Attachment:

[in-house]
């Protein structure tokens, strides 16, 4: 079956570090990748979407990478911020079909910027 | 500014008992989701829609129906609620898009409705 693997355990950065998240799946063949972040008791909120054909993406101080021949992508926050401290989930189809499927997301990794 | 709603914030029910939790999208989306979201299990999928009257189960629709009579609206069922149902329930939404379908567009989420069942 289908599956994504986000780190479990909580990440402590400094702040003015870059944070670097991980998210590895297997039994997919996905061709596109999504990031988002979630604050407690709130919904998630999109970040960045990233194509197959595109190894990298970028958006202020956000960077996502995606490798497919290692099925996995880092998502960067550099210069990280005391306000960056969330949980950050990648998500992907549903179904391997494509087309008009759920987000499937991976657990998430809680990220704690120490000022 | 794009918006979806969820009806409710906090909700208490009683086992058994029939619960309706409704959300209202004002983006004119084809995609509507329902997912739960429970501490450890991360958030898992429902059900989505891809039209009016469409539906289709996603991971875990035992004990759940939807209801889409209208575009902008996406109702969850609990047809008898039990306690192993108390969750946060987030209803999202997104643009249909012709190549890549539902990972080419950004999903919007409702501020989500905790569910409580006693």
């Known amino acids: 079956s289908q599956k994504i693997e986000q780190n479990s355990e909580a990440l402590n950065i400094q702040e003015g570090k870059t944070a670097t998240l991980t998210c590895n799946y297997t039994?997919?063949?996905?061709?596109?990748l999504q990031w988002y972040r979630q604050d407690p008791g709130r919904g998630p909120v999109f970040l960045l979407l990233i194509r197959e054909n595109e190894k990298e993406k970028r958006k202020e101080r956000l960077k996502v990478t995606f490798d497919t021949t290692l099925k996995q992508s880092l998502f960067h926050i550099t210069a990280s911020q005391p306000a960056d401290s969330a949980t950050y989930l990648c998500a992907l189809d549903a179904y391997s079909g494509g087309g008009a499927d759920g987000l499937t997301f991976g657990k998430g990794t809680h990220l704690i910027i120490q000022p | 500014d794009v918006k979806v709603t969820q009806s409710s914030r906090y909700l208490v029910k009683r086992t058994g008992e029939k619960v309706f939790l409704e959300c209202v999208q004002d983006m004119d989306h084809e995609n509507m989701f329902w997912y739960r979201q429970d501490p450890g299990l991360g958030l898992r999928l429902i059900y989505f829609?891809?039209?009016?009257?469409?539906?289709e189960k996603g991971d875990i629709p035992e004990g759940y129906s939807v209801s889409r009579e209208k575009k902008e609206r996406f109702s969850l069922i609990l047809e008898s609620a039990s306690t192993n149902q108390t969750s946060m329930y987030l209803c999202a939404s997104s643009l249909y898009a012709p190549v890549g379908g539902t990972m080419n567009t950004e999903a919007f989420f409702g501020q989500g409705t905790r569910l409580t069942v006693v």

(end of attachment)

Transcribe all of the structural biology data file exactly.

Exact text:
[in-house]
């Protein structure tokens, strides 16, 4: 079956570090990748979407990478911020079909910027 | 500014008992989701829609129906609620898009409705 693997355990950065998240799946063949972040008791909120054909993406101080021949992508926050401290989930189809499927997301990794 | 709603914030029910939790999208989306979201299990999928009257189960629709009579609206069922149902329930939404379908567009989420069942 289908599956994504986000780190479990909580990440402590400094702040003015870059944070670097991980998210590895297997039994997919996905061709596109999504990031988002979630604050407690709130919904998630999109970040960045990233194509197959595109190894990298970028958006202020956000960077996502995606490798497919290692099925996995880092998502960067550099210069990280005391306000960056969330949980950050990648998500992907549903179904391997494509087309008009759920987000499937991976657990998430809680990220704690120490000022 | 794009918006979806969820009806409710906090909700208490009683086992058994029939619960309706409704959300209202004002983006004119084809995609509507329902997912739960429970501490450890991360958030898992429902059900989505891809039209009016469409539906289709996603991971875990035992004990759940939807209801889409209208575009902008996406109702969850609990047809008898039990306690192993108390969750946060987030209803999202997104643009249909012709190549890549539902990972080419950004999903919007409702501020989500905790569910409580006693």
């Known amino acids: 079956s289908q599956k994504i693997e986000q780190n479990s355990e909580a990440l402590n950065i400094q702040e003015g570090k870059t944070a670097t998240l991980t998210c590895n799946y297997t039994?997919?063949?996905?061709?596109?990748l999504q990031w988002y972040r979630q604050d407690p008791g709130r919904g998630p909120v999109f970040l960045l979407l990233i194509r197959e054909n595109e190894k990298e993406k970028r958006k202020e101080r956000l960077k996502v990478t995606f490798d497919t021949t290692l099925k996995q992508s880092l998502f960067h926050i550099t210069a990280s911020q005391p306000a960056d401290s969330a949980t950050y989930l990648c998500a992907l189809d549903a179904y391997s079909g494509g087309g008009a499927d759920g987000l499937t997301f991976g657990k998430g990794t809680h990220l704690i910027i120490q000022p | 500014d794009v918006k979806v709603t969820q009806s409710s914030r906090y909700l208490v029910k009683r086992t058994g008992e029939k619960v309706f939790l409704e959300c209202v999208q004002d983006m004119d989306h084809e995609n509507m989701f329902w997912y739960r979201q429970d501490p450890g299990l991360g958030l898992r999928l429902i059900y989505f829609?891809?039209?009016?009257?469409?539906?289709e189960k996603g991971d875990i629709p035992e004990g759940y129906s939807v209801s889409r009579e209208k575009k902008e609206r996406f109702s969850l069922i609990l047809e008898s609620a039990s306690t192993n149902q108390t969750s946060m329930y987030l209803c999202a939404s997104s643009l249909y898009a012709p190549v890549g379908g539902t990972m080419n567009t950004e999903a919007f989420f409702g501020q989500g409705t905790r569910l409580t069942v006693v």